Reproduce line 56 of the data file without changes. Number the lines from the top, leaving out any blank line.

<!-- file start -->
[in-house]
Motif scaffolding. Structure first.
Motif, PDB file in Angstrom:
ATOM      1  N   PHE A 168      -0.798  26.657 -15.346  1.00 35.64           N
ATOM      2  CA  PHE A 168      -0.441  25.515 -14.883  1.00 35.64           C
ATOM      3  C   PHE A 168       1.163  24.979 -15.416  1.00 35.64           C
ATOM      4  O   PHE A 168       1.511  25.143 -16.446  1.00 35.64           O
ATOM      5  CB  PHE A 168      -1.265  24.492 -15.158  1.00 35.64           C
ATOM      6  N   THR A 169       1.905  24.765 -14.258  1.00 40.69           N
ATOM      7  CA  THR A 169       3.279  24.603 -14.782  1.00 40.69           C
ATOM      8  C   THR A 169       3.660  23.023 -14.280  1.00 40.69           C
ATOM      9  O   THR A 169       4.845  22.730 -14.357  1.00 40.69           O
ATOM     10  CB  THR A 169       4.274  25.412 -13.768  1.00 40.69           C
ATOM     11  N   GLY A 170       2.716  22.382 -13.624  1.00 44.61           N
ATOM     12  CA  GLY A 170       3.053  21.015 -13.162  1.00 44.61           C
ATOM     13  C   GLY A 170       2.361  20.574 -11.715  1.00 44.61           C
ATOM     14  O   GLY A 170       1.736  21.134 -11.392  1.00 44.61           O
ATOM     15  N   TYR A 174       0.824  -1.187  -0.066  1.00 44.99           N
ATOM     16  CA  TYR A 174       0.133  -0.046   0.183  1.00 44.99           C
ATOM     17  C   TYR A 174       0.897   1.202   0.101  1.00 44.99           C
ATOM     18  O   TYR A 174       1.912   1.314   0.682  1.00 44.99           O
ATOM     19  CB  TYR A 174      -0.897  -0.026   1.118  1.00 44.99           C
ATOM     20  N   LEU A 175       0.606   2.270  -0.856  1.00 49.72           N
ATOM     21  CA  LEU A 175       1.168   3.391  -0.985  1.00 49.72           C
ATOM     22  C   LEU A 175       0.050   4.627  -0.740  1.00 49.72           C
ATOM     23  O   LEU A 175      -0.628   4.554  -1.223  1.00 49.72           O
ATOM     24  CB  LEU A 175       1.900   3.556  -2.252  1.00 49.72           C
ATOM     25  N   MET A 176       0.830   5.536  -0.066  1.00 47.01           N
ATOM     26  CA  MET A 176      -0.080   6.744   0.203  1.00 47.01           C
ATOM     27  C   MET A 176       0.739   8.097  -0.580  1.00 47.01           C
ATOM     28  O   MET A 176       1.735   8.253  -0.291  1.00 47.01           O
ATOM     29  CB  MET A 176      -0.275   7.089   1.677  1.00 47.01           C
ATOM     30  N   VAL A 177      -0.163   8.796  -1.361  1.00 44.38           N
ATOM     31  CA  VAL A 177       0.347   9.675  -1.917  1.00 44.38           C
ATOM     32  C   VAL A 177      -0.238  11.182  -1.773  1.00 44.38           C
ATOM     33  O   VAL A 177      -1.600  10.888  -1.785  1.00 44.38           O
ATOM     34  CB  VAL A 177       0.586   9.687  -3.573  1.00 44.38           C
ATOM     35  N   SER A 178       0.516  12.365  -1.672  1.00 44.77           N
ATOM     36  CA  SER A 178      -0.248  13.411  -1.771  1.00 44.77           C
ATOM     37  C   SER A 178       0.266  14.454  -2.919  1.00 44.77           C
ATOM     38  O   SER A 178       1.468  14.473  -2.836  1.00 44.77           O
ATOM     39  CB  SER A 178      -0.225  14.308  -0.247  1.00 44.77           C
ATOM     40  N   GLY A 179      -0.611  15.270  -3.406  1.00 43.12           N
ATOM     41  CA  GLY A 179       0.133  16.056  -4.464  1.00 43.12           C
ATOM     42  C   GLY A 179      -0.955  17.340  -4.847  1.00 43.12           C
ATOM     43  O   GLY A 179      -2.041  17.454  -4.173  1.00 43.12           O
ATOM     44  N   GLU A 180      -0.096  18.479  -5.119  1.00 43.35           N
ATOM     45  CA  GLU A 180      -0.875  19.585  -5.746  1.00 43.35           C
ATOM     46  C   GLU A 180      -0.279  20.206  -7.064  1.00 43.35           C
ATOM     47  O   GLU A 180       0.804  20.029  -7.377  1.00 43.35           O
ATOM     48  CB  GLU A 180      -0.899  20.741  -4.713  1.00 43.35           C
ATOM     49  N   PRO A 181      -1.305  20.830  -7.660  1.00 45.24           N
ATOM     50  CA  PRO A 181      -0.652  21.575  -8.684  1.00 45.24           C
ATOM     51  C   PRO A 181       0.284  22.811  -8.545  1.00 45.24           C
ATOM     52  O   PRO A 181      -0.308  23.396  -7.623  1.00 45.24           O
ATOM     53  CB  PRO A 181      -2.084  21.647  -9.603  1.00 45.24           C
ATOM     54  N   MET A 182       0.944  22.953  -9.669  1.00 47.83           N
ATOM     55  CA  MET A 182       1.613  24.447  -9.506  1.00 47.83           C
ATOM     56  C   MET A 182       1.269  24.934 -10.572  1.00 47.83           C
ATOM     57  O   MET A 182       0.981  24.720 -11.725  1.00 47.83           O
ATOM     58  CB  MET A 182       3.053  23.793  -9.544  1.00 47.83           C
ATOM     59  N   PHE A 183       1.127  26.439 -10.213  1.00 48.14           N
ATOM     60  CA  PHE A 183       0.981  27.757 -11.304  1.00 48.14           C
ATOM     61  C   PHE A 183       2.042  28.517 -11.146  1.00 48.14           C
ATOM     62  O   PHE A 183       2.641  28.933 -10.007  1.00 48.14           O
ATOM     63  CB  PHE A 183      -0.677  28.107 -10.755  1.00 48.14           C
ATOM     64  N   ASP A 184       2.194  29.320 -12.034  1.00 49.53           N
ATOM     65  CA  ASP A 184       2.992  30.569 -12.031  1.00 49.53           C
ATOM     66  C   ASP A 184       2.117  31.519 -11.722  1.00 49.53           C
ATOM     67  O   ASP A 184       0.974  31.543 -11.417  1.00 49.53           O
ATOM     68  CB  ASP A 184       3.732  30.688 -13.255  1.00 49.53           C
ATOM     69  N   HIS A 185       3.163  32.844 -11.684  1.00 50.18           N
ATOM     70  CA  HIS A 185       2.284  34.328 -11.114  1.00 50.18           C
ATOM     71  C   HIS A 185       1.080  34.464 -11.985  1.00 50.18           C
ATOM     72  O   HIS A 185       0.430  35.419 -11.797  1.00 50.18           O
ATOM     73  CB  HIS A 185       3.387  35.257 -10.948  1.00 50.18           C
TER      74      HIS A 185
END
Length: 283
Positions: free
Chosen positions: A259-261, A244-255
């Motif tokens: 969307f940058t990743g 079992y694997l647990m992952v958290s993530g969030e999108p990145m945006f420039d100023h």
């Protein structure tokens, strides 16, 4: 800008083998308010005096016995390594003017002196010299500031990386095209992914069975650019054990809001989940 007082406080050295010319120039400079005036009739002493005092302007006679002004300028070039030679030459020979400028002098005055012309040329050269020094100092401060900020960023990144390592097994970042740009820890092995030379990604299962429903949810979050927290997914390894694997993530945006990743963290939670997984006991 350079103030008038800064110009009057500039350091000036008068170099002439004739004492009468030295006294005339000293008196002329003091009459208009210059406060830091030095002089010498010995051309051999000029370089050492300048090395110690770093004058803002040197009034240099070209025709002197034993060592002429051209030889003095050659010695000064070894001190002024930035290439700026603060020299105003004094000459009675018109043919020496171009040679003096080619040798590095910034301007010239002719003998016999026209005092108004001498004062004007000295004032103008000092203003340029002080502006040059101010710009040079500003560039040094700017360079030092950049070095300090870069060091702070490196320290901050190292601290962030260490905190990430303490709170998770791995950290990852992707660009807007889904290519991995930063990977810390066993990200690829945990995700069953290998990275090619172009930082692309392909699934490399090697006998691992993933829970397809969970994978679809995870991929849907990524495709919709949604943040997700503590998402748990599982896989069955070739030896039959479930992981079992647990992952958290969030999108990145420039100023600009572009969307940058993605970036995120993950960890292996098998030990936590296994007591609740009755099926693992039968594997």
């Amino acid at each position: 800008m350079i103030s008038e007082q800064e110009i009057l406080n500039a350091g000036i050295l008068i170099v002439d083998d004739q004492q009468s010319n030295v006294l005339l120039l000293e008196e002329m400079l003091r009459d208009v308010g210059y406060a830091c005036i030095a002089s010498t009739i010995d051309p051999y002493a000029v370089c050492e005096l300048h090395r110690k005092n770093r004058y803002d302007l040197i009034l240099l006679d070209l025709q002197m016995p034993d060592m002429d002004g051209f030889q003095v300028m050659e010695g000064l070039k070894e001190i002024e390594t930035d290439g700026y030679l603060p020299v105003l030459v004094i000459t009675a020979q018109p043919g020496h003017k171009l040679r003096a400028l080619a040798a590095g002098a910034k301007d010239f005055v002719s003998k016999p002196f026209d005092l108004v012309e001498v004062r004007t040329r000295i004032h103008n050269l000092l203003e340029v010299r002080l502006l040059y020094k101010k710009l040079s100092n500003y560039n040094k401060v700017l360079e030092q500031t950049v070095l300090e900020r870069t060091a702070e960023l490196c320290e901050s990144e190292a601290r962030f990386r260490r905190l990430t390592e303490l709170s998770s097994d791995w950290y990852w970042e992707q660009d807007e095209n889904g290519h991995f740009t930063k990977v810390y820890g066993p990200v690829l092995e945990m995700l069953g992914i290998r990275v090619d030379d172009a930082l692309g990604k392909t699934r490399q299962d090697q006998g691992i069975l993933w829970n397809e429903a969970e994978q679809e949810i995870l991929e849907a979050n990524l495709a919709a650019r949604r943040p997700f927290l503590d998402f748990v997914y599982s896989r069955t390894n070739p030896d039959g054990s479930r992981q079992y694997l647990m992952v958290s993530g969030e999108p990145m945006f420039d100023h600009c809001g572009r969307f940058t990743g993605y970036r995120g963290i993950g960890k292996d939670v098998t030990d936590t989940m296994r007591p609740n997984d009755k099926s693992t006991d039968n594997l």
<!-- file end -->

ATOM     53  CB  PRO A 181      -2.084  21.647  -9.603  1.00 45.24           C